The interrogators work in secret, barraging members of China's Communist Party they accuse of corruption with questions, shouts and more severe measures. Suspects are kept from sleeping, deprived of adequate food and water, and exposed to extreme temperatures. They are forced to stand for hours or sit on painfully small chairs and, in some cases, beaten with steel rebar. Often their families are threatened. Sometimes, their money is extorted.
For those caught up in China's feared shuanggui system, there is no right to call a lawyer or family, no right to see evidence presented against them, and effectively no limit to how long they can be detained.
Now, human rights activists are calling on China to shut down the decades-old system, after a lengthy new report accuses the country of employing torture to wage a war on corruption that has swept up hundreds of thousands of Chinese people in recent years.
"We feel it's urgent that China abolish the system to try to minimize some of these horrific abuses, and what are probably pretty shaky prosecutions," said Sophie Richardson, China director at Human Rights Watch, which released the report in Hong Kong on Tuesday.
The report also underscores questions about the nature of evidence produced from the Chinese justice system, a particularly important question for Canada as it begins talks toward an extradition treaty with China, which is seeking the repatriation of people it calls corrupt.
In China, where the justice system relies heavily on confessions, the primary evidence for corruption often comes from the shuanggui system, which conducts internal disciplinary matters for China's Communist Party and exists outside the bounds of the law. For Chinese leaders, it has been a useful tool in a sweeping war on corruption waged under President Xi Jinping, generating valuable confessions that can be forwarded to courts and used to place people behind bars.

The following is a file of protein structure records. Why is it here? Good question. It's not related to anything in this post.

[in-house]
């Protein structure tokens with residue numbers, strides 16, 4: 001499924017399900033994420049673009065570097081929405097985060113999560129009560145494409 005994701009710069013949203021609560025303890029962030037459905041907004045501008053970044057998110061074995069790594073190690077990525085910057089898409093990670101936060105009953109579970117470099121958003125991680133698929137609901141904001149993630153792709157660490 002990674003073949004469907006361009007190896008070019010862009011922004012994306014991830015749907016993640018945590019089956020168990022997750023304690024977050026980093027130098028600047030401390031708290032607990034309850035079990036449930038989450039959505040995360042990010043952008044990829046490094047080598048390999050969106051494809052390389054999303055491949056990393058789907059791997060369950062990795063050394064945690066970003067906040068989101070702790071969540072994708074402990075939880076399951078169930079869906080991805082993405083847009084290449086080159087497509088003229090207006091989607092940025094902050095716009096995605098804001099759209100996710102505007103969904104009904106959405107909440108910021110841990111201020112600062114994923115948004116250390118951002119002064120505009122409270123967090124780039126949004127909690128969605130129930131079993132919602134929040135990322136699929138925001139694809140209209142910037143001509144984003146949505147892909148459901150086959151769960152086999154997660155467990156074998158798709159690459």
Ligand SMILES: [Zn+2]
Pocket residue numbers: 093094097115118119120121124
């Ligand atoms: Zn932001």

But much of its work is kept out of the public view – even offices used for interrogations are unmarked or located in hostels and private homes; one was located behind a sign for a "Literature Society," Human Rights Watch found.
Some have emerged from those offices with horrifying accounts. In 2014 former municipal land bureau director Zhou Wangyan posted a detailed description of being suffocated with over a dozen lit cigarettes stuffed into his nose and mouth. He also described a tactic like waterboarding, where interrogators forced his face into a sink full of water, making him feel as if he was about to drown. They also beat him.
"They viciously whipped the bottom of my feet with a 4-6 mm steel rebar or a bundled iron wire," he said in an account he posted to social media. "I fainted twice."
Another time, "they made me lie on a bench under which there is a pot of lit charcoal; then when I was so roasted that I was sweating all over, they poured cold water on my head; the cold water dripped into the brazier and immediately became steam, choking me and leaving me out of breath."
The shuanggui system was created in China in the 1990s – its name in Chinese, "double designation," refers to calling people to appear at a "designated location at a designated time."
It has no analogues in modern Western justice systems, which can make it difficult for outsiders to grasp the way it functions outside the law, and the fear it instills inside the country.
"It seems like something out of another century or two centuries ago. It's quite shocking," said David Mulroney, the former Canadian ambassador to China who is now president of the University of St. Michael's College at the University of Toronto. The use of the shuanggui system, he said, should inform the Canadian discussion about the wisdom of pursuing an extradition treaty with China.
"It's a particularly bad example of a system that is still flawed," he said.